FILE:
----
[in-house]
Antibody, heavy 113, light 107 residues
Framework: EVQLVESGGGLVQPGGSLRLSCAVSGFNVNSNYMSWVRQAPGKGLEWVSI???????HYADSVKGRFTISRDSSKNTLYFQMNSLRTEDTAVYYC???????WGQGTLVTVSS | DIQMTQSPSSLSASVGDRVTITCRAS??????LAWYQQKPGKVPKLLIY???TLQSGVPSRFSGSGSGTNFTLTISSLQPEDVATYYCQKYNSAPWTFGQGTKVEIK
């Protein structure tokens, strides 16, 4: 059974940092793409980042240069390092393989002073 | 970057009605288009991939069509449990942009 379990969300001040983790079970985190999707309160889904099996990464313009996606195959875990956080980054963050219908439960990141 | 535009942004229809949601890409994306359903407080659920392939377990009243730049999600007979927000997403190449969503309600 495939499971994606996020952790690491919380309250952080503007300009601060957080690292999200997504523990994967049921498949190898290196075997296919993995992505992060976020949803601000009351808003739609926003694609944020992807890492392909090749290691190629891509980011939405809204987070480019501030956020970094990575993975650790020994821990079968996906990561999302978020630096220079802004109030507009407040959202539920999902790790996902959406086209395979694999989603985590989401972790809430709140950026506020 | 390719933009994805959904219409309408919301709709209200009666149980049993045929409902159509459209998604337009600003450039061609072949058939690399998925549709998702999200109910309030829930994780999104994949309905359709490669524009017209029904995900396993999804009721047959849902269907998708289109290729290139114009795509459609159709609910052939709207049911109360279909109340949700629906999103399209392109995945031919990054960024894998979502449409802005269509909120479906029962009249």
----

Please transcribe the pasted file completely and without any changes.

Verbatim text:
[in-house]
Antibody, heavy 113, light 107 residues
Framework: EVQLVESGGGLVQPGGSLRLSCAVSGFNVNSNYMSWVRQAPGKGLEWVSI???????HYADSVKGRFTISRDSSKNTLYFQMNSLRTEDTAVYYC???????WGQGTLVTVSS | DIQMTQSPSSLSASVGDRVTITCRAS??????LAWYQQKPGKVPKLLIY???TLQSGVPSRFSGSGSGTNFTLTISSLQPEDVATYYCQKYNSAPWTFGQGTKVEIK
């Protein structure tokens, strides 16, 4: 059974940092793409980042240069390092393989002073 | 970057009605288009991939069509449990942009 379990969300001040983790079970985190999707309160889904099996990464313009996606195959875990956080980054963050219908439960990141 | 535009942004229809949601890409994306359903407080659920392939377990009243730049999600007979927000997403190449969503309600 495939499971994606996020952790690491919380309250952080503007300009601060957080690292999200997504523990994967049921498949190898290196075997296919993995992505992060976020949803601000009351808003739609926003694609944020992807890492392909090749290691190629891509980011939405809204987070480019501030956020970094990575993975650790020994821990079968996906990561999302978020630096220079802004109030507009407040959202539920999902790790996902959406086209395979694999989603985590989401972790809430709140950026506020 | 390719933009994805959904219409309408919301709709209200009666149980049993045929409902159509459209998604337009600003450039061609072949058939690399998925549709998702999200109910309030829930994780999104994949309905359709490669524009017209029904995900396993999804009721047959849902269907998708289109290729290139114009795509459609159709609910052939709207049911109360279909109340949700629906999103399209392109995945031919990054960024894998979502449409802005269509909120479906029962009249």